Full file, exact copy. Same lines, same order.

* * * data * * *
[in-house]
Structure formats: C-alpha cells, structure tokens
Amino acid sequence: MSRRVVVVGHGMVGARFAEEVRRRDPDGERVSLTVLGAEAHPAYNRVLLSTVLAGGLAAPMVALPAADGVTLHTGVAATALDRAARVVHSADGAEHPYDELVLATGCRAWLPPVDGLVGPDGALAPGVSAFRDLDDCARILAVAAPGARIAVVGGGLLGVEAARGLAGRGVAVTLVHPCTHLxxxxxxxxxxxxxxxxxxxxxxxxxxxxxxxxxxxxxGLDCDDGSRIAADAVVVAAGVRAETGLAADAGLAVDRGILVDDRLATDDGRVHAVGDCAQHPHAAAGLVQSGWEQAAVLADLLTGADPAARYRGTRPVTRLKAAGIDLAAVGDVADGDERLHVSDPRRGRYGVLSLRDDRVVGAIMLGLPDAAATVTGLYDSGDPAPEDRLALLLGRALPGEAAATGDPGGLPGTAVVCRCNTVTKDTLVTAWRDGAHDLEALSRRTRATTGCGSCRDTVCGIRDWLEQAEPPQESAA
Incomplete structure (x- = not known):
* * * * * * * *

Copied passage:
[in-house]
Structure formats: C-alpha cells, structure tokens
Amino acid sequence: MSRRVVVVGHGMVGARFAEEVRRRDPDGERVSLTVLGAEAHPAYNRVLLSTVLAGGLAAPMVALPAADGVTLHTGVAATALDRAARVVHSADGAEHPYDELVLATGCRAWLPPVDGLVGPDGALAPGVSAFRDLDDCARILAVAAPGARIAVVGGGLLGVEAARGLAGRGVAVTLVHPCTHLxxxxxxxxxxxxxxxxxxxxxxxxxxxxxxxxxxxxxGLDCDDGSRIAADAVVVAAGVRAETGLAADAGLAVDRGILVDDRLATDDGRVHAVGDCAQHPHAAAGLVQSGWEQAAVLADLLTGADPAARYRGTRPVTRLKAAGIDLAAVGDVADGDERLHVSDPRRGRYGVLSLRDDRVVGAIMLGLPDAAATVTGLYDSGDPAPEDRLALLLGRALPGEAAATGDPGGLPGTAVVCRCNTVTKDTLVTAWRDGAHDLEALSRRTRATTGCGSCRDTVCGIRDWLEQAEPPQESAA
Incomplete structure (x- = not known):